I read two books and laughed out loud, People I Want to Punch in the Throat and Spoiled Brats.  I didn't have to take any children to the bathroom or share the peanut M&Ms I had stowed away in my bag and when my sister, sitting two rows behind, handed me a People Magazine I didn't have to explain to my children why, as Big A says of the skin-baring fashions "all the ladies look like they're naked"

Then we checked into our hotel, the Palazzo, and while all the other adults seemed to be numb to it's beauty I was amazed by the fountain, the sculpture, the giant floating leaves and giant pears dangling from the ceiling. Clusters of empty green wine bottles were hung from each tree in clumps and the fountain tinkled away, nearly begging for me to throw in a penny.

I really missed the kids.  They would be in awe of this lobby. They would be amazed and inspired by fruit bigger than a couch and twirling, sparkling leaves seemingly suspended in mid air. They would freak out to see wine bottles growing on trees.  I began to sniffle. 

"I wish that Big A and Little D were--"

"Don't even say it!" Big G interrupted.  It's 11 o'clock their time. Vegas is not the place for them."

My husband left to meet with some clients right after we got settled in the room and  I ordered room service, including a daring bowl of new England clam chowder. I was wondering if maybe I had gotten over my shellfish allergy. What happens in Vegas...

As it turns out I am still allergic to shellfish. 

I was so glad the kids weren't there with me to see the rushing tidal waves of clams and cream, along with a tomato mozzarella salad exit my body the exact way it came in.  Vegas, baby.  Go big or go home.

The next morning I do something I never do at home. I wake up and go to the gym with my big sister,. How different than sneaking out to go for a run before my littlest one wakes up and wants to snuggle the desire to exercise right out of me.   We work out, my sister cracking up at me as I sing too loudly along with the music, drop her iPod off the treadmill, not once but twice, and try to mimic her weight lifting moves.

Now I have the whole day to myself.  It will be 10 hours before I talk to anyone I know again at a cocktail party my husband's company throws for his clients.  While I love the community of close friends in my life, I actually also enjoy being alone. I mean, I'm always hearing "That Natty...she's great company!" and I am usually the one saying it.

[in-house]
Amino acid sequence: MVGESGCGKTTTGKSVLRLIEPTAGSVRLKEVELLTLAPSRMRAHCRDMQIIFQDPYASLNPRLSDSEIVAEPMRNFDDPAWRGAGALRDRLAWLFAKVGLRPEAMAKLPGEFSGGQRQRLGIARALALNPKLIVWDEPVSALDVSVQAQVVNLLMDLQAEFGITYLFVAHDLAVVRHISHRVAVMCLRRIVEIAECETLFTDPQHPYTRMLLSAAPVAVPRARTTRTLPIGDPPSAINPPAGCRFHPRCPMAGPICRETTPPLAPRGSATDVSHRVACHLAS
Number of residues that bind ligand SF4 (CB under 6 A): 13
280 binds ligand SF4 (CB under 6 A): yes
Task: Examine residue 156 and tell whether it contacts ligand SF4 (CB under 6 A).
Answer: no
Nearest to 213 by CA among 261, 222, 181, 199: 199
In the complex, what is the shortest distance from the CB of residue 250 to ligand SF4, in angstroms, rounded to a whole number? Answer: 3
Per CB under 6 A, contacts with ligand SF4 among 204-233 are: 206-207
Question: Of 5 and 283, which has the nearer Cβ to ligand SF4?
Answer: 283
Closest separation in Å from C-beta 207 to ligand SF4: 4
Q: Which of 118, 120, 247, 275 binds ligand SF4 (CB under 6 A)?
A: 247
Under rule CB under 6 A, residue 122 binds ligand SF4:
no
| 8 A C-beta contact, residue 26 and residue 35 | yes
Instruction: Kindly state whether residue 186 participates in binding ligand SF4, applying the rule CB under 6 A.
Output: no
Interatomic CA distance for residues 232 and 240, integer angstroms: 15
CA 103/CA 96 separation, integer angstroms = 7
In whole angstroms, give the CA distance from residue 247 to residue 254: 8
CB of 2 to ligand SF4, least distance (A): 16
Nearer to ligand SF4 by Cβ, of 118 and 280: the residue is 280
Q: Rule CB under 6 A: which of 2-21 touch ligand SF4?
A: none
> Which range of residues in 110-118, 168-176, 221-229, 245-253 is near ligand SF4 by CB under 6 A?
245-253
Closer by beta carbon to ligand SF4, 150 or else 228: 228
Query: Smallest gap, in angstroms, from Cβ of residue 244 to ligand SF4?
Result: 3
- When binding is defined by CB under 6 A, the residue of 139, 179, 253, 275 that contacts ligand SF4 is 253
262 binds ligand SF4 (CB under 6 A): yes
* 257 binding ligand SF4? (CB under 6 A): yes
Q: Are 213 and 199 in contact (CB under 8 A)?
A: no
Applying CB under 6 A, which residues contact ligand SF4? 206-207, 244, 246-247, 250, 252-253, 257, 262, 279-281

So I book some spa treatments and I'm happy, once again, that the kids aren't here to run screaming through my relaxation time or whine the zen right out of me.  But then I visit the Bellagio gardens and the fountains and I wish the kids could be with me to enjoy them.  I visit the Leonardo DiVinci exhibit and think that my 6 year old would have loved it.  I go gamble and I'm happy, once again, I'm not looking after a wayward 3 year old in a dark smoky casino in the city of sin.  We go out to a club and I drink my face off.    Now I'm hungover for the first time in years and I am so ridiculously glad the children aren't here to make any noise that could exacerbate the jackhammer noises my brain is making all on it's own.

So I miss the kid and I don't miss the kids. It's not an either/or, it's a both/and.  I'm happy to escape for a couple of days once a year, content and at peace that my children are happily being spoiled by their grandparents.  But I miss having them around since they are generally my constant companions, and let's face it, they may be sticky but I actually like those little buggers.

I call them.  They are having a ball with Grandma probably doing taboo yet Grandparent-sanctioned activities like eating Skittles or playing on an iPad for three hours or slogging through the indoor playground at Burger King or probably all three at the same time.

They come on the line.  I hear there gorgeous voices and I miss them so much I want to climb through the phone and squeeze them. My children, in return, talk to me for a fraction of a second, saying what sounds to me like a very phoned-in "I miss you, Mommy!" before dashing off with laughter, presumably to get back to their Pixie Sticks.   

The kids clearly do not miss me.

Wednesday, October 29, 2014

The Girl I Got

Dear Little D: